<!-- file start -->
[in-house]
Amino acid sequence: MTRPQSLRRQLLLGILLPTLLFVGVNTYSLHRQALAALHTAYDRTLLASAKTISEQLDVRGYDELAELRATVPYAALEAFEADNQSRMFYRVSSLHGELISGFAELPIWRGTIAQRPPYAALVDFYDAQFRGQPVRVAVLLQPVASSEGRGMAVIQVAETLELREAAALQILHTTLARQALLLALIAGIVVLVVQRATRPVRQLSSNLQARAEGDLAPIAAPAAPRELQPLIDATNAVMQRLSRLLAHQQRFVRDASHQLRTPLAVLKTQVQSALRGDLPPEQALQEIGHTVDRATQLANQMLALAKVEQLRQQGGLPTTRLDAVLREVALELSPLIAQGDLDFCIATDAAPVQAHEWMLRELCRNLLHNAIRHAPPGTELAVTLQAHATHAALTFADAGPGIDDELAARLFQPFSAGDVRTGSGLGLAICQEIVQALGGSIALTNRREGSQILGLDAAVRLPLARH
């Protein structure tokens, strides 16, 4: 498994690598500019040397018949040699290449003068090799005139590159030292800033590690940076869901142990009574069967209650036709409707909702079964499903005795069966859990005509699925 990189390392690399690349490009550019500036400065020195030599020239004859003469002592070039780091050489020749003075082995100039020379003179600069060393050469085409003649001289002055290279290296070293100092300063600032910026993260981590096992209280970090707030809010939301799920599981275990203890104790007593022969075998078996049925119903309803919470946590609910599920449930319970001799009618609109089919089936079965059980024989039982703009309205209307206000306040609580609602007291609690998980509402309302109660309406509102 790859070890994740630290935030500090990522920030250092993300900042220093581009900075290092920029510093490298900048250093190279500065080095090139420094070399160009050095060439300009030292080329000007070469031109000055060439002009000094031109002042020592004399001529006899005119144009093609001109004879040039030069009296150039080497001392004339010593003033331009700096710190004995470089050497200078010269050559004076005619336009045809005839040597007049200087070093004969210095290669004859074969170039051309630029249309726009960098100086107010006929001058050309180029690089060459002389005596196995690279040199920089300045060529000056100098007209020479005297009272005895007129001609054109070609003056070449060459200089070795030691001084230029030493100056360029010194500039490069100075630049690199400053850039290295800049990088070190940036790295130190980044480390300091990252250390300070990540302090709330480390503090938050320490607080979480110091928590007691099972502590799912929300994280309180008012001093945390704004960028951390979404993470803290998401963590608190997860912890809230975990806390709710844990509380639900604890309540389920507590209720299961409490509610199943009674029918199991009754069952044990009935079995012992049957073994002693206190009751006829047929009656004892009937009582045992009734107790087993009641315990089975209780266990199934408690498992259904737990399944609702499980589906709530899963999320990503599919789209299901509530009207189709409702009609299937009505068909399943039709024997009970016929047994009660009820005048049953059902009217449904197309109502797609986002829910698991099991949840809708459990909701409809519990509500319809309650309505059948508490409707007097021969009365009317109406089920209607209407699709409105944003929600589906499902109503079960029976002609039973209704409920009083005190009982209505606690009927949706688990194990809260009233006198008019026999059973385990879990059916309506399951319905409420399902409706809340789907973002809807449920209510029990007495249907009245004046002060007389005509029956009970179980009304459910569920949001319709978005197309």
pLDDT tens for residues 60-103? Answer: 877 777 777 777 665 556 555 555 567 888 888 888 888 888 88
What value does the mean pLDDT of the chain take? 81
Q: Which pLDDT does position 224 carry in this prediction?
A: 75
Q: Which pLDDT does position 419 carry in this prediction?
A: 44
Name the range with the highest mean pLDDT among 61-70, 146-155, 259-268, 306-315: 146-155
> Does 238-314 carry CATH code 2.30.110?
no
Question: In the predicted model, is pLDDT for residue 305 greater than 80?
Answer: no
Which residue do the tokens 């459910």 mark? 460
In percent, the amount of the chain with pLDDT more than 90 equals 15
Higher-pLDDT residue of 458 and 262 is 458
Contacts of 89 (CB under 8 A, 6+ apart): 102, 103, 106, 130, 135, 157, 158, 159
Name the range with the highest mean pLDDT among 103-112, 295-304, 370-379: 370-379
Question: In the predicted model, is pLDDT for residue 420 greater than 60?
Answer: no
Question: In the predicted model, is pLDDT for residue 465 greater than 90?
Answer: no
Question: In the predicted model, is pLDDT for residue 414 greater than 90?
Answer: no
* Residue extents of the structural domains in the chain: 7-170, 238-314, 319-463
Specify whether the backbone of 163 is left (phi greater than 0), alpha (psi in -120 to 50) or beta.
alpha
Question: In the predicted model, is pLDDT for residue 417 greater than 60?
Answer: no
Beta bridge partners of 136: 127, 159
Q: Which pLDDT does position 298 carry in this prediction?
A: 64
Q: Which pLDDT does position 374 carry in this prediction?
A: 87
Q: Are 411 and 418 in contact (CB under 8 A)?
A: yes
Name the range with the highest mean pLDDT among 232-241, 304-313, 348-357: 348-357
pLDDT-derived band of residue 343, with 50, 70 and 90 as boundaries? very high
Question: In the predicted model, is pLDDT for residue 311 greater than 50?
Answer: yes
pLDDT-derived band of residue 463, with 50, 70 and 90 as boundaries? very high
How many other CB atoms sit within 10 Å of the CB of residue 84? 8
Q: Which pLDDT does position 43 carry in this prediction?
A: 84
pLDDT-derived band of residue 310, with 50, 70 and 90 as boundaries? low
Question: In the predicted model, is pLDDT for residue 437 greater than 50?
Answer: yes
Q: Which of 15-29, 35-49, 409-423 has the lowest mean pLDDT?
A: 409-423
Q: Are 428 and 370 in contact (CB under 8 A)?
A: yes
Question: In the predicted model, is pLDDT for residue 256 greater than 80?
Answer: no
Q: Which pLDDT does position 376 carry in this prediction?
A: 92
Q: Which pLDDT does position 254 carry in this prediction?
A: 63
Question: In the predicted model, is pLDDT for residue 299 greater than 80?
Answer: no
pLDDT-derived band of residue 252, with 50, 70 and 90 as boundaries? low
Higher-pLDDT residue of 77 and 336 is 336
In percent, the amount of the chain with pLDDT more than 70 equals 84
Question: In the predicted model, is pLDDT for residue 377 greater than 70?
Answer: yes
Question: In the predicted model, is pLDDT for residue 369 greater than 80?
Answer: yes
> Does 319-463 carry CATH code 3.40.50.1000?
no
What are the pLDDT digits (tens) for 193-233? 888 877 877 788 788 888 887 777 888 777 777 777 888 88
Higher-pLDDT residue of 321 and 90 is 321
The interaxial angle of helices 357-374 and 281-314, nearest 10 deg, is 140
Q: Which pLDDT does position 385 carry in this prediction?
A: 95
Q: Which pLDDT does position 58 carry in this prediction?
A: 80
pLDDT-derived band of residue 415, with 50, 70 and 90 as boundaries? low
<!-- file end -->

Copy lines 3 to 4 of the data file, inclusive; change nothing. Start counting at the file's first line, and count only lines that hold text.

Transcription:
């Protein structure tokens, strides 16, 4: 498994690598500019040397018949040699290449003068090799005139590159030292800033590690940076869901142990009574069967209650036709409707909702079964499903005795069966859990005509699925 990189390392690399690349490009550019500036400065020195030599020239004859003469002592070039780091050489020749003075082995100039020379003179600069060393050469085409003649001289002055290279290296070293100092300063600032910026993260981590096992209280970090707030809010939301799920599981275990203890104790007593022969075998078996049925119903309803919470946590609910599920449930319970001799009618609109089919089936079965059980024989039982703009309205209307206000306040609580609602007291609690998980509402309302109660309406509102 790859070890994740630290935030500090990522920030250092993300900042220093581009900075290092920029510093490298900048250093190279500065080095090139420094070399160009050095060439300009030292080329000007070469031109000055060439002009000094031109002042020592004399001529006899005119144009093609001109004879040039030069009296150039080497001392004339010593003033331009700096710190004995470089050497200078010269050559004076005619336009045809005839040597007049200087070093004969210095290669004859074969170039051309630029249309726009960098100086107010006929001058050309180029690089060459002389005596196995690279040199920089300045060529000056100098007209020479005297009272005895007129001609054109070609003056070449060459200089070795030691001084230029030493100056360029010194500039490069100075630049690199400053850039290295800049990088070190940036790295130190980044480390300091990252250390300070990540302090709330480390503090938050320490607080979480110091928590007691099972502590799912929300994280309180008012001093945390704004960028951390979404993470803290998401963590608190997860912890809230975990806390709710844990509380639900604890309540389920507590209720299961409490509610199943009674029918199991009754069952044990009935079995012992049957073994002693206190009751006829047929009656004892009937009582045992009734107790087993009641315990089975209780266990199934408690498992259904737990399944609702499980589906709530899963999320990503599919789209299901509530009207189709409702009609299937009505068909399943039709024997009970016929047994009660009820005048049953059902009217449904197309109502797609986002829910698991099991949840809708459990909701409809519990509500319809309650309505059948508490409707007097021969009365009317109406089920209607209407699709409105944003929600589906499902109503079960029976002609039973209704409920009083005190009982209505606690009927949706688990194990809260009233006198008019026999059973385990879990059916309506399951319905409420399902409706809340789907973002809807449920209510029990007495249907009245004046002060007389005509029956009970179980009304459910569920949001319709978005197309």
pLDDT tens for residues 60-103? Answer: 877 777 777 777 665 556 555 555 567 888 888 888 888 888 88